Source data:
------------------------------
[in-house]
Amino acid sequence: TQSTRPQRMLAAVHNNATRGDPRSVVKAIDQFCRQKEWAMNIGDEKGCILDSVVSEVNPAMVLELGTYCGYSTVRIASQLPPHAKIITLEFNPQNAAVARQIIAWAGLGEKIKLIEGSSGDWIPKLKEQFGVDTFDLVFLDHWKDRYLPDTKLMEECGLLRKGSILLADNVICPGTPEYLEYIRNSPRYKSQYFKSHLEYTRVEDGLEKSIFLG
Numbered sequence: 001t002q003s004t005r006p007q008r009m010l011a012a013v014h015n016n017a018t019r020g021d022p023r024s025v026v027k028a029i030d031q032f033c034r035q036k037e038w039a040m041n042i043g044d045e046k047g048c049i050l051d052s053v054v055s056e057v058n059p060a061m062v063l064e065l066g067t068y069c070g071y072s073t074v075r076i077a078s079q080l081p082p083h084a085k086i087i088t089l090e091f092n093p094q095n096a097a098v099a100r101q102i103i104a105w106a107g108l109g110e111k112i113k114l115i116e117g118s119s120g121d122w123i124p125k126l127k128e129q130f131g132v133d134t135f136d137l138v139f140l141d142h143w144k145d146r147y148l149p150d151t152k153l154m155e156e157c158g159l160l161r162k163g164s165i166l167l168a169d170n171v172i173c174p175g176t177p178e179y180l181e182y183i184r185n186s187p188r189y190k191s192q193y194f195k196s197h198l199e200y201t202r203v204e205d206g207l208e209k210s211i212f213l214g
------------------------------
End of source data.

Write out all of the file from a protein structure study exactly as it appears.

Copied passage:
[in-house]
Amino acid sequence: TQSTRPQRMLAAVHNNATRGDPRSVVKAIDQFCRQKEWAMNIGDEKGCILDSVVSEVNPAMVLELGTYCGYSTVRIASQLPPHAKIITLEFNPQNAAVARQIIAWAGLGEKIKLIEGSSGDWIPKLKEQFGVDTFDLVFLDHWKDRYLPDTKLMEECGLLRKGSILLADNVICPGTPEYLEYIRNSPRYKSQYFKSHLEYTRVEDGLEKSIFLG
Numbered sequence: 001t002q003s004t005r006p007q008r009m010l011a012a013v014h015n016n017a018t019r020g021d022p023r024s025v026v027k028a029i030d031q032f033c034r035q036k037e038w039a040m041n042i043g044d045e046k047g048c049i050l051d052s053v054v055s056e057v058n059p060a061m062v063l064e065l066g067t068y069c070g071y072s073t074v075r076i077a078s079q080l081p082p083h084a085k086i087i088t089l090e091f092n093p094q095n096a097a098v099a100r101q102i103i104a105w106a107g108l109g110e111k112i113k114l115i116e117g118s119s120g121d122w123i124p125k126l127k128e129q130f131g132v133d134t135f136d137l138v139f140l141d142h143w144k145d146r147y148l149p150d151t152k153l154m155e156e157c158g159l160l161r162k163g164s165i166l167l168a169d170n171v172i173c174p175g176t177p178e179y180l181e182y183i184r185n186s187p188r189y190k191s192q193y194f195k196s197h198l199e200y201t202r203v204e205d206g207l208e209k210s211i212f213l214g